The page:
Excerpt from The Orchard of Lost Souls by Nadifa Mohamed, plus links to reviews, author biography & more

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The Orchard of Lost Souls

by Nadifa Mohamed

The Orchard of Lost Souls
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    Readers' Opinion:

     Not Yet Rated
  • First Published:
    Mar 2014, 352 pages
    Paperback:
    Jun 2015, 352 pages

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Book Reviewed by:
Lucy Rock

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Print Excerpt


'Get me a cup of water,' the woman croaks.

Deqo looks at the reclining figure, so old and self-important. 'Get it yourself.'

The woman sighs. Deqo notices that she is missing all of her front teeth. The woman nudges her with her foot. 'Go on, my sweet, just get me some water, I have an axe slicing through my head.' She makes kissing noises to cajole her.

Deqo tuts and rises to her feet; she will ask for water for herself too, fill up her stomach a bit. She waits by the bars; she can hear the policewoman talking at the end of the corridor.

'Jaalle, Jaalle! Comrade, Comrade!' Deqo cries out.

No answer.

'Comrade Policewoman with the hennaed fingers and black koofiyaad, we need cups here.'

The policewoman approaches and pushes a tin cup through the bars. 'Don't try and be funny here, little girl.'

'I wasn't trying to be funny, I just wanted water.'

'Aren't you too young to be selling yourself? Or have you been stealing?'

'No! I haven't done anything, honestly. They mistook me for a protestor.'

'Where are you from?'

'From Saba'ad.'

'So what are you doing here?'

'I work in the market. I never steal, never!'

The policewoman's face softens a little; she tilts her head to the side and looks over to her colleague.

'Luul, this refugee girl is here by mistake; she was pulled in with all those protestors this morning.'

The other policewoman comes to join her. She is tall and flat-chested, unable to fill out her uniform like her friend.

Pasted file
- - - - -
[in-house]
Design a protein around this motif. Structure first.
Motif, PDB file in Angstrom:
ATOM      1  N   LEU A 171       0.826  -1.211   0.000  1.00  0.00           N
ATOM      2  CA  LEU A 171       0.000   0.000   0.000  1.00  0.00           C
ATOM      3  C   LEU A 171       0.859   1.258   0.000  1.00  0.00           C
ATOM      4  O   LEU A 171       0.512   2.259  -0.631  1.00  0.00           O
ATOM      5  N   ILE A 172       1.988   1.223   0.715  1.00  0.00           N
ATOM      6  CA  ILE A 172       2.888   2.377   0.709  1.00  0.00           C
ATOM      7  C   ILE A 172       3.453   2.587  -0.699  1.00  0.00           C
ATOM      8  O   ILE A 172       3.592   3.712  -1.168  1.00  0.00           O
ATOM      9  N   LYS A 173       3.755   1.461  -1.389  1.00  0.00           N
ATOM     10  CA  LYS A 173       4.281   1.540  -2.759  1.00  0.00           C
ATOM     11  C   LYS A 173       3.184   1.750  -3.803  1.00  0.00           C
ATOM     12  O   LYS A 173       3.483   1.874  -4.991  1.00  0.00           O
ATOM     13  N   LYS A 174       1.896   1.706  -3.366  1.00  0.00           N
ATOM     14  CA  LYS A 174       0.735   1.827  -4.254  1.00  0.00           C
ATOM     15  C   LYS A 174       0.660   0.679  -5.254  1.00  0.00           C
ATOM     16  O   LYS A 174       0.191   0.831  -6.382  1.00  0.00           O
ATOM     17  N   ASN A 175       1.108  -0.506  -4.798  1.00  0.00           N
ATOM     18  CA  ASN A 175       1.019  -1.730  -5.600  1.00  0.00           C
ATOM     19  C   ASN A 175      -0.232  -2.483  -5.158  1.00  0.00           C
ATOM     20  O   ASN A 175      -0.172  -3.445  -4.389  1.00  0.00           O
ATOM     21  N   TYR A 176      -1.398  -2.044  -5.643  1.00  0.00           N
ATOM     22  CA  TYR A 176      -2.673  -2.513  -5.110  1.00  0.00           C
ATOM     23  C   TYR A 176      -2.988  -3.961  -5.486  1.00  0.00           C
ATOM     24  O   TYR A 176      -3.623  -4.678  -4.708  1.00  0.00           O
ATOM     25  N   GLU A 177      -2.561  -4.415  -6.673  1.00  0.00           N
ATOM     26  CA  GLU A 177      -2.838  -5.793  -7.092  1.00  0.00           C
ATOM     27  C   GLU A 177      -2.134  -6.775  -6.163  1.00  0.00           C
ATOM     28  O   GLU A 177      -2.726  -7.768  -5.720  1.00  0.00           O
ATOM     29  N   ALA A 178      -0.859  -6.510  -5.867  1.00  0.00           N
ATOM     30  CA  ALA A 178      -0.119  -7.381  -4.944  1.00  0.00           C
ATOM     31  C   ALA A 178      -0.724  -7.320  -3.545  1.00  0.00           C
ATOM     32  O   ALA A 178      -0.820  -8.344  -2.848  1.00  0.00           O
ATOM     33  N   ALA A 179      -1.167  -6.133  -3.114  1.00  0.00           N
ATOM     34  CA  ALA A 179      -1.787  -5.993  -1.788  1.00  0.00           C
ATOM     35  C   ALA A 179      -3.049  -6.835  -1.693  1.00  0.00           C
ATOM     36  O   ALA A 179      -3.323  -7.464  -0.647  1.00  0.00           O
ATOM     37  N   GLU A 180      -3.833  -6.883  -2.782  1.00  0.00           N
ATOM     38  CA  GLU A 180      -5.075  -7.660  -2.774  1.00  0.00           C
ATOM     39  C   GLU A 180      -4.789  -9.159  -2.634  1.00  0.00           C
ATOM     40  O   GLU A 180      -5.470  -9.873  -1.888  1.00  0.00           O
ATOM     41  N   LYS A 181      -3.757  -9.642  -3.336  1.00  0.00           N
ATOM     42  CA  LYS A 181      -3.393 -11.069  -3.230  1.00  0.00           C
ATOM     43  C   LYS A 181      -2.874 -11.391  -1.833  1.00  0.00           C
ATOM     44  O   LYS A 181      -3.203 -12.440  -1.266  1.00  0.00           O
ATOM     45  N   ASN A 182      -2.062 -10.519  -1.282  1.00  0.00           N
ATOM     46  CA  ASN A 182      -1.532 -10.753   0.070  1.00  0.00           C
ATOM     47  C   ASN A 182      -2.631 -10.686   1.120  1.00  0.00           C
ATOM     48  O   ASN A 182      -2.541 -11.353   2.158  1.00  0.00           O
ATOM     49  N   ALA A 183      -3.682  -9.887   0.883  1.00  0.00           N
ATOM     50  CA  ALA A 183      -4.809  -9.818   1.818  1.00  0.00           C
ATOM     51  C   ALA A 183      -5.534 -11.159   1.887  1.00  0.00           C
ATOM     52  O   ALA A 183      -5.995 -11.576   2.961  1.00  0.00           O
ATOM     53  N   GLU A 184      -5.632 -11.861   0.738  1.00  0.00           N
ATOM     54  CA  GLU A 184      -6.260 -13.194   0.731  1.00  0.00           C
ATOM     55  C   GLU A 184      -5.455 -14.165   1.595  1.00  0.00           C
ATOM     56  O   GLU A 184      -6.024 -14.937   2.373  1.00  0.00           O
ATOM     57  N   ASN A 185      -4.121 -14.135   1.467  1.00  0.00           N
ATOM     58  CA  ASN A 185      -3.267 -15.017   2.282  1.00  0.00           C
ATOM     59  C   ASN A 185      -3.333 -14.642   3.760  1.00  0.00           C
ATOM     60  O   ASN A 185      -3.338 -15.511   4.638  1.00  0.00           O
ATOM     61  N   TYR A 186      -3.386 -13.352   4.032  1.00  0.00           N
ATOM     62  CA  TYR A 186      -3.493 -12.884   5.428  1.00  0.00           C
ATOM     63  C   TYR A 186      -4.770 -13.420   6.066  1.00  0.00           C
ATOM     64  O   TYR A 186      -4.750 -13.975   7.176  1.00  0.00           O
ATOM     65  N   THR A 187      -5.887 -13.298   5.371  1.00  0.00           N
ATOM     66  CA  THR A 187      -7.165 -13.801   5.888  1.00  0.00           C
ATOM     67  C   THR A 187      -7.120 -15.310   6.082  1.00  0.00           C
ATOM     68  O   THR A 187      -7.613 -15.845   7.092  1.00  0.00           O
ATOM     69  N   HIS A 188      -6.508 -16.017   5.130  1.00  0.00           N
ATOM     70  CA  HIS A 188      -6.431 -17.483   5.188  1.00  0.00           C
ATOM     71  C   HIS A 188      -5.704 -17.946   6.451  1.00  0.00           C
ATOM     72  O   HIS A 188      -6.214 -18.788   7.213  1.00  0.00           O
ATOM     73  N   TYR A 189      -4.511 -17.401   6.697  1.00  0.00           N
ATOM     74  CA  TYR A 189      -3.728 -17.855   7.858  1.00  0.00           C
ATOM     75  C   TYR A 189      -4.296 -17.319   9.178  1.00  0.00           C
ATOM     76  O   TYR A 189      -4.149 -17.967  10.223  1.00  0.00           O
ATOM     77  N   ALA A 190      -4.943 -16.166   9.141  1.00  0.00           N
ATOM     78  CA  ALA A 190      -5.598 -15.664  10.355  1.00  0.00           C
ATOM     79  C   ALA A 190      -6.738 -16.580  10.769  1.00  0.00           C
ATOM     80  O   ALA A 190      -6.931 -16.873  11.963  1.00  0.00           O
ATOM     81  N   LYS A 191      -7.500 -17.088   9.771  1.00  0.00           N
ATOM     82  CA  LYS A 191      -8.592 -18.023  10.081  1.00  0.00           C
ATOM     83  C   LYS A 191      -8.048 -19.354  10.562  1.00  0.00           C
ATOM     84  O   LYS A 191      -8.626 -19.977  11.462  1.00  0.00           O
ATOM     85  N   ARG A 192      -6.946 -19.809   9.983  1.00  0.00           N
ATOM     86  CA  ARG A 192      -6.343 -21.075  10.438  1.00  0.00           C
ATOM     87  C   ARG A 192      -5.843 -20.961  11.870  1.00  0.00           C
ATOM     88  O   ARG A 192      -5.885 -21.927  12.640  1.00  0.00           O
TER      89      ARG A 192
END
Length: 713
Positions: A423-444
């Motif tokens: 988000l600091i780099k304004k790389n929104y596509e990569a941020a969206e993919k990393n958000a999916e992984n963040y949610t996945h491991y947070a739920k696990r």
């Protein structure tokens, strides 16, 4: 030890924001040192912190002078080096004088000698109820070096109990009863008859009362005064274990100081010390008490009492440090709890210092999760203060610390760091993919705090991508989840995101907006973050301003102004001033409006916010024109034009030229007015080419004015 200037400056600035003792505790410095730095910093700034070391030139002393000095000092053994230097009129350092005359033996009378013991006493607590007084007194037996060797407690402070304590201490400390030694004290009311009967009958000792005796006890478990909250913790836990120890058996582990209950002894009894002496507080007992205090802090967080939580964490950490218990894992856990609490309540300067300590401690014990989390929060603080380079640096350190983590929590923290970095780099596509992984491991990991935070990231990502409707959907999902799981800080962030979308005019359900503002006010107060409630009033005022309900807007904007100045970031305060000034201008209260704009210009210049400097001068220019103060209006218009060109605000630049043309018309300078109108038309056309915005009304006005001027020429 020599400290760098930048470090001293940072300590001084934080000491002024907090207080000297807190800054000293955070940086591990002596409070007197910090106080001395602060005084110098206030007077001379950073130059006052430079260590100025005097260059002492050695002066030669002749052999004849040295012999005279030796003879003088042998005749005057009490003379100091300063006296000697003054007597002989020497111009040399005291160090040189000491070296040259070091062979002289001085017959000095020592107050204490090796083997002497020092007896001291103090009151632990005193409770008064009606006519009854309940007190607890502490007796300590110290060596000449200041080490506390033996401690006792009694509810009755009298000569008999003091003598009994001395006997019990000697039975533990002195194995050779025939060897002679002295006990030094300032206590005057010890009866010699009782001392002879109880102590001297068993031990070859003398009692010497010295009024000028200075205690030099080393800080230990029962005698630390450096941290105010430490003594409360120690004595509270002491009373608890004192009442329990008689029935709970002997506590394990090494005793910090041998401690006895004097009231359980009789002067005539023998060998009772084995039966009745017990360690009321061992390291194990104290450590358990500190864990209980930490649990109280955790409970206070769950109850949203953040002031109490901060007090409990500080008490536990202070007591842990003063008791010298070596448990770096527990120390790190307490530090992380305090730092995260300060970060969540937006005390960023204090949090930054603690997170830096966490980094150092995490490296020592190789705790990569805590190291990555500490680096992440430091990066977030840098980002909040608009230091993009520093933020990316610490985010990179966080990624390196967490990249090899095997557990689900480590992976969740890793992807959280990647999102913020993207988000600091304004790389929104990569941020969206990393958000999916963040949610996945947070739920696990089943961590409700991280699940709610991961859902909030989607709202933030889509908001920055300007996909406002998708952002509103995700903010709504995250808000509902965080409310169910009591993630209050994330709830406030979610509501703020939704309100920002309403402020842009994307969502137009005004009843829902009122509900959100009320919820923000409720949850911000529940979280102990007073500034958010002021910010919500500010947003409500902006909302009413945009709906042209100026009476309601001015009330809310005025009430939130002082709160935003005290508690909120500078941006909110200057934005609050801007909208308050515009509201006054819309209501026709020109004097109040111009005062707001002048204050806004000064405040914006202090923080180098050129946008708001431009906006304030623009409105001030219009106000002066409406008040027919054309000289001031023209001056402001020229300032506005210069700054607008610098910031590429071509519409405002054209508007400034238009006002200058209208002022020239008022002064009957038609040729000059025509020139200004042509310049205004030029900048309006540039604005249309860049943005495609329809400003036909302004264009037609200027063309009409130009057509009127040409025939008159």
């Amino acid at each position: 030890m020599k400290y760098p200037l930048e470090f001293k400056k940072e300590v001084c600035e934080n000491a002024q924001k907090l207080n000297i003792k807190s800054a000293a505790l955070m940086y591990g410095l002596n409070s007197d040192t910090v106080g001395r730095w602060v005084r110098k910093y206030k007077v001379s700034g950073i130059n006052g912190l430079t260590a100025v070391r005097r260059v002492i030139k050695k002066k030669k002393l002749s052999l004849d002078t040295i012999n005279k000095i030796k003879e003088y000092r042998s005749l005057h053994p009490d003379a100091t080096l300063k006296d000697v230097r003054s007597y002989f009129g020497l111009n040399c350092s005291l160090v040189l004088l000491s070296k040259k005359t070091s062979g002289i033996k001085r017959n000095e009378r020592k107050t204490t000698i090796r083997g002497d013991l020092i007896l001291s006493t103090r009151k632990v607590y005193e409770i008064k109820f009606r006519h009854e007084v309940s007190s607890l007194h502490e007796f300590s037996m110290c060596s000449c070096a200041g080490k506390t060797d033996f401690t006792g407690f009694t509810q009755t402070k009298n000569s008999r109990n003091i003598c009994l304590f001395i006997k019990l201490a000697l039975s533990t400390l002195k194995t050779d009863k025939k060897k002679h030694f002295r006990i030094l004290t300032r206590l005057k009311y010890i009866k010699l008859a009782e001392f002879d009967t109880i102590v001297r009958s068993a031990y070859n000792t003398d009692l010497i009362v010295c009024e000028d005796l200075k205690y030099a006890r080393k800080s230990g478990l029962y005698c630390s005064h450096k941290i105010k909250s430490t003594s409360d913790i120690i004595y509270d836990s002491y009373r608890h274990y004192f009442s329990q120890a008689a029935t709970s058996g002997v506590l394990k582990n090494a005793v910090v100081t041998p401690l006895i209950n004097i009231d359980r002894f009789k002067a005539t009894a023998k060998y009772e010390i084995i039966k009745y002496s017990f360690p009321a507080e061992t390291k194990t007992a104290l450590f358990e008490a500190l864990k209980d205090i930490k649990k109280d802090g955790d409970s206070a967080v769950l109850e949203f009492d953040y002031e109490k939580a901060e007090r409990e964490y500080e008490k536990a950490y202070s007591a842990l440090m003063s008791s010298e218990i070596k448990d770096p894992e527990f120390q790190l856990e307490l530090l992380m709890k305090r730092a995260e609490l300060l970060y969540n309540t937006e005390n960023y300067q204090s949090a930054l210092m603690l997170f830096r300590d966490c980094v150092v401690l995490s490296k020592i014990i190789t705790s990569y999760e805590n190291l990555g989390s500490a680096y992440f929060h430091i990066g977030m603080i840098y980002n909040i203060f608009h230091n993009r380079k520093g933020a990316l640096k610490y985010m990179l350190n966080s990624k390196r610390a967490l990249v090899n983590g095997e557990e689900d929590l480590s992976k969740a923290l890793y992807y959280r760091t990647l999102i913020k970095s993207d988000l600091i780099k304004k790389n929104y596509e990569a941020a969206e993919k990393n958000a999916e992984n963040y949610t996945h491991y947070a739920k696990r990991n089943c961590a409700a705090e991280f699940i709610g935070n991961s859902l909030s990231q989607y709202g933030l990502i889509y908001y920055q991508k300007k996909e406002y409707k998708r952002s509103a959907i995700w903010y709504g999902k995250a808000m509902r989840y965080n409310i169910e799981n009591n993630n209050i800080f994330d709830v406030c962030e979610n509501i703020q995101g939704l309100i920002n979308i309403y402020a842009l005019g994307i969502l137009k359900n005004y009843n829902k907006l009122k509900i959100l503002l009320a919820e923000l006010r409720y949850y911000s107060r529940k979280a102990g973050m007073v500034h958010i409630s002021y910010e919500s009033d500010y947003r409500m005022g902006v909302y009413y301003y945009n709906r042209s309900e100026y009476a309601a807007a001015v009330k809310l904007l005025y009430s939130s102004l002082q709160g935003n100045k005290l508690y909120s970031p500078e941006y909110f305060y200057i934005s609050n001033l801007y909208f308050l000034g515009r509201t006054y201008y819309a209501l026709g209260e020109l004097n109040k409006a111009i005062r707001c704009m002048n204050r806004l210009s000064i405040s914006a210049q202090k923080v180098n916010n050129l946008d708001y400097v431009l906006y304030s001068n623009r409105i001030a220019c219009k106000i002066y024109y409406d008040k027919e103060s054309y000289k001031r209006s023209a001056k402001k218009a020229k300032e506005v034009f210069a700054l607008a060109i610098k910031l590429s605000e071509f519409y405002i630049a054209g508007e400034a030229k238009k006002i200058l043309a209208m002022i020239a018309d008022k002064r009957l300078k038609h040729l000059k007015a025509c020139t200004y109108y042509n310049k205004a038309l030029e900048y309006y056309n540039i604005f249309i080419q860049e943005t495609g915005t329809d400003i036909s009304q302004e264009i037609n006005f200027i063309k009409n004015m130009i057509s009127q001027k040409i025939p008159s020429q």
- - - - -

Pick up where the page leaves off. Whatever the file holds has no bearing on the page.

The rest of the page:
She pulls a face. 'Let her out, we're not going to get anything for her.'

'True, she's a waste of bread,' laughs the policewoman with the henna on her fingers.

The door chimes open once again and Deqo runs to the old woman on the mat to hand over the cup before stepping out into the corridor of freedom.

'See you another time, Deqo,' Nasra calls out.

Deqo waves back.

The policewomen walk on each side of her in silence.

'Jaalle, when will that woman be released?' asks Deqo, before being led out of the station.

'Never you mind, you should stay away from women like that, they will drag you down into their nasty ways. Stay away, you hear?' She adjusts the beret on her head.

'Is she a…' Deqo hesitates at that powerful word that has plagued her throughout her short life.

'A whore? Absolutely, and much else besides.'

*   *   *

Deqo marches back to the ditch with her eyes to the ground, deep in thought. She still has time to collect fruit from the farms and reach the market before it closes for lunch. Her legs propel her forward robotically but her mind is whirring with memories from Saba'ad, stirred up by her encounter with Nasra and China in the cell. 'Whore's child, whore's child, whore's child!' That's what the other children in the camp had yelled at her for as long as she could recall, but she hadn't known what a whore was; it sounded bad, like a cannibal or a witch or a type of jinn, but no adult would describe what made a whore a whore and the children didn't seem to know much more than she did. She was born of sin, they said, the bastard of a loose woman. From the children's story her nativity went like this: a young woman arrived in the camp alone and by foot, heavily pregnant and with feet torn to shreds by thorns. The nurses at the clinic bandaged her feet and let her wait for the child to be delivered. She refused to give her name or her husband's, and when Deqo was born she abandoned her own child without naming her either. Deqo had been named a year later by the nurses when she climbed out of the metal cot the orphans were kept in and began disappearing; Deqo-wareego was her full name, 'wandering Deqo', and she had learnt that the one thing she could do that the other camp children couldn't was drift as far as she liked. She belonged to the wind and the tracks in the dirt rather than to any other person; no watchful mother would come after her shouting her name in every direction.

Copyright © 2013 by Nadifa Mohamed

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